There is more rain on the way, but water continues to flow into our lakes, and relief into the hearts of those who make the living on the water. Fishing guides, marinas, and even tackle shops had a hard 2006.
But now, there's a lot of hope for a better year. One year ago Wednesday, lakes like Fork were desperate for every drop of rain.
"There were very few ramps, when it was down five feet, that were accessible where you could put a boat in," says owner of Lake Fork Marina, Kyle Jones who had a front row seat to what seemed like the lake's demise.
"You'd have seen businesses shut down for sure [had the drought continued]. Whether they'd come back, you don't know," he says.
Many livelihoods depend on the bass fishing. Dan Borchard runs Fisherman's Cove Marina and Restaurant.
"I chose to make an investment expanding my boat ramp, an extension to that, and dredged by my ramp so people could launch safely," Borchard says of the expense that was meant to buy time. He says he's not regretting the move today.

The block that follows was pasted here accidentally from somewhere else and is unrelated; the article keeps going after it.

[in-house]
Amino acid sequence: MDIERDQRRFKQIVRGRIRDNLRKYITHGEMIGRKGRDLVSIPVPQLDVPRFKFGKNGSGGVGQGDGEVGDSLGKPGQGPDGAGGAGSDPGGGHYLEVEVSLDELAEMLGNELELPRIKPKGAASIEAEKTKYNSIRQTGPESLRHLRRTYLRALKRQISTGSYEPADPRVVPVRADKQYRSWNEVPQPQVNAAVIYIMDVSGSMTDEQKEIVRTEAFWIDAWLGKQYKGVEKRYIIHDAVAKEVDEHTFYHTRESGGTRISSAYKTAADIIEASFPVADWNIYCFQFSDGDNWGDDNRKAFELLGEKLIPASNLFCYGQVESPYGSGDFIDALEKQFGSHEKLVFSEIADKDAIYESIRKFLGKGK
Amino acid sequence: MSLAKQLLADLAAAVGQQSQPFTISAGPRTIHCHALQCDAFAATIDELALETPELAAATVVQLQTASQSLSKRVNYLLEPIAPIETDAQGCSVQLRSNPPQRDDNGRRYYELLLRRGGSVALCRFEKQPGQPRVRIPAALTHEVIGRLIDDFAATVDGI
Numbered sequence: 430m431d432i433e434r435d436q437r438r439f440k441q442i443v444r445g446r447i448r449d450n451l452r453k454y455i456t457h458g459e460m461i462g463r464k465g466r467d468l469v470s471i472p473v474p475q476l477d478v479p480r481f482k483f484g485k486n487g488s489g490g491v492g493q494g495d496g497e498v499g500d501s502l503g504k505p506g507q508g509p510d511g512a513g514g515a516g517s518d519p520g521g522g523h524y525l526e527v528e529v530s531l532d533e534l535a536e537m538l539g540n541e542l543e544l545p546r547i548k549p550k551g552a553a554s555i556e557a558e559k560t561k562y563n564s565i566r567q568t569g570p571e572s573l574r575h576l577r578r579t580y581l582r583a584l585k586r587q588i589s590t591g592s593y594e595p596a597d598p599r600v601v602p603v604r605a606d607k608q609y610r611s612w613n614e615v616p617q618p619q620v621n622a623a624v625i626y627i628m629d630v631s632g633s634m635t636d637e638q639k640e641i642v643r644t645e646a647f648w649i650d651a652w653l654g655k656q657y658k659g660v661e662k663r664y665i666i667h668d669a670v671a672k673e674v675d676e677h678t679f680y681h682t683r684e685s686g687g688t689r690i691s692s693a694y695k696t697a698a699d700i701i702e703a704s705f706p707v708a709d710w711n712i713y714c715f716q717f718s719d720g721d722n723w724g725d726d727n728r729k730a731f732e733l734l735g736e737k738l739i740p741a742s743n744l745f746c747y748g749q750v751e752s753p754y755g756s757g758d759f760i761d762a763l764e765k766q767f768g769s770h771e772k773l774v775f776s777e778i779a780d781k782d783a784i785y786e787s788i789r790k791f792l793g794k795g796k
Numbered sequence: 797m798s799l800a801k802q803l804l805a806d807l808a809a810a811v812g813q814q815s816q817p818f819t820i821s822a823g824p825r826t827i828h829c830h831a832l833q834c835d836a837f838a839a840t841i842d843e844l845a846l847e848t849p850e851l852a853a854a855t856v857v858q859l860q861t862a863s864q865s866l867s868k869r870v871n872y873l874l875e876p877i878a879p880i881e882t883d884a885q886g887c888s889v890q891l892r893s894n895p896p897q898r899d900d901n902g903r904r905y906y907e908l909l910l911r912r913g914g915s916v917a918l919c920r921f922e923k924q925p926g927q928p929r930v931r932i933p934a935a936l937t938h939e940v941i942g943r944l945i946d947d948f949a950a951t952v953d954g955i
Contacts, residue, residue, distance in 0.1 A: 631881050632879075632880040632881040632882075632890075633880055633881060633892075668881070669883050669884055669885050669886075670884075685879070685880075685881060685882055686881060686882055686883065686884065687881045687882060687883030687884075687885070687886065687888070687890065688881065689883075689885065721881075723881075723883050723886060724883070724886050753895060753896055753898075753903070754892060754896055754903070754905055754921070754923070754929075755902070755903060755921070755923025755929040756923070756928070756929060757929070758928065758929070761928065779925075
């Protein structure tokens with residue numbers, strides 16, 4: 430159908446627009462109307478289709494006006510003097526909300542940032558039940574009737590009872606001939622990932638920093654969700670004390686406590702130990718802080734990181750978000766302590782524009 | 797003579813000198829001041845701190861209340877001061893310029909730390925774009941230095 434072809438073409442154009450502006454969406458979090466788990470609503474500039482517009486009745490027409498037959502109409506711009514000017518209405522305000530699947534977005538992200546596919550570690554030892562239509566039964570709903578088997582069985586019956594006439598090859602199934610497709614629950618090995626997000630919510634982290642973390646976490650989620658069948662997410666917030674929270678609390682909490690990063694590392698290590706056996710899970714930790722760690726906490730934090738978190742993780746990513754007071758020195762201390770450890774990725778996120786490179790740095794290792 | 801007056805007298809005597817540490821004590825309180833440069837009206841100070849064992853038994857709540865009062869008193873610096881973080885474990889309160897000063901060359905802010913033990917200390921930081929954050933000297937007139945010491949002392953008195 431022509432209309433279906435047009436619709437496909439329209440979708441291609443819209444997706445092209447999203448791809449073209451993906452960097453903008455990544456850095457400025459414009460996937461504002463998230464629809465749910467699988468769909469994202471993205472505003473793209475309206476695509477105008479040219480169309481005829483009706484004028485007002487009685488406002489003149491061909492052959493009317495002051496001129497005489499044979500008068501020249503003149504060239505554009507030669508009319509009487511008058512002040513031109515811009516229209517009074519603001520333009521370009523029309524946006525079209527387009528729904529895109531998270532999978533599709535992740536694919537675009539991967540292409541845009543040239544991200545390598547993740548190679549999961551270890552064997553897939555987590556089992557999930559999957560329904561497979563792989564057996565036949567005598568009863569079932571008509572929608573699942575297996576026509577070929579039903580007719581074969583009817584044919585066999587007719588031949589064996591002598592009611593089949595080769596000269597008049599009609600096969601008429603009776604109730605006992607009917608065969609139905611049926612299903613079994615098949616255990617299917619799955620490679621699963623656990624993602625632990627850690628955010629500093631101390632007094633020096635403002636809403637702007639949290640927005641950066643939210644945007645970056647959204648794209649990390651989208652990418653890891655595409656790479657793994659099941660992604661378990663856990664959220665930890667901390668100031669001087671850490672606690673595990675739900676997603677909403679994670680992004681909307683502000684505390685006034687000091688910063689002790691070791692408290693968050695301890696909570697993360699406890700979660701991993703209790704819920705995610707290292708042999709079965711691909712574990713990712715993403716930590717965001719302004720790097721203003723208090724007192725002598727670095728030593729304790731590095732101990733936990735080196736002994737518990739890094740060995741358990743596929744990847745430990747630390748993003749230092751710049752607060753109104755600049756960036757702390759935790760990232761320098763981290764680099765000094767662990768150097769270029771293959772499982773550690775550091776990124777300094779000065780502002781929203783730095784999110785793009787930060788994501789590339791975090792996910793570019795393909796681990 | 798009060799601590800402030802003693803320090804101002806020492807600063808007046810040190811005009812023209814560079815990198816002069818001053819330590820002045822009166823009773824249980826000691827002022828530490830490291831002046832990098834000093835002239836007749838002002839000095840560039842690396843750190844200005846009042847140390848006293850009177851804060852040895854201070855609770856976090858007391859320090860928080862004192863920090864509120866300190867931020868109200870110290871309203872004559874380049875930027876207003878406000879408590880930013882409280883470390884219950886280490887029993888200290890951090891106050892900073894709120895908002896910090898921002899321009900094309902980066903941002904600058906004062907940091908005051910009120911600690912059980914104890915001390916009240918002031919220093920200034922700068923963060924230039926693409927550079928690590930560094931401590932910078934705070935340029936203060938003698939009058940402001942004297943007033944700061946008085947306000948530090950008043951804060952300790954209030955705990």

"Who knows when we're going to have another three or six-year drought."
In it for the long haul, they prayed the rains would come, and they did. It's a whole new lake now, it seems. Lake Fork is just a foot below normal.
"I'm ecstatic that it came back up. I can't rent my slips and I can launch people safely." Borchard says.
The fish habitat has expanded now, so fish are in new locations, in different stages.
Wade Blassingame traveled from Paris, Texas to fish.
"You got spawning -- tree-spawn, and post spawn -- so you got plenty of options," he says.
So does everyone at Lake Fork and other East Texas lakes. What the rain has bought is more time, and a great Summer.
One word of warning about boating on Lake Fork or many other lakes like it: lots of stumps that were exposed and visible during the drought are now just under the surface of the water. Those who know Lake Fork say some boaters travel too fast and one impact could total a boat and cause injuries.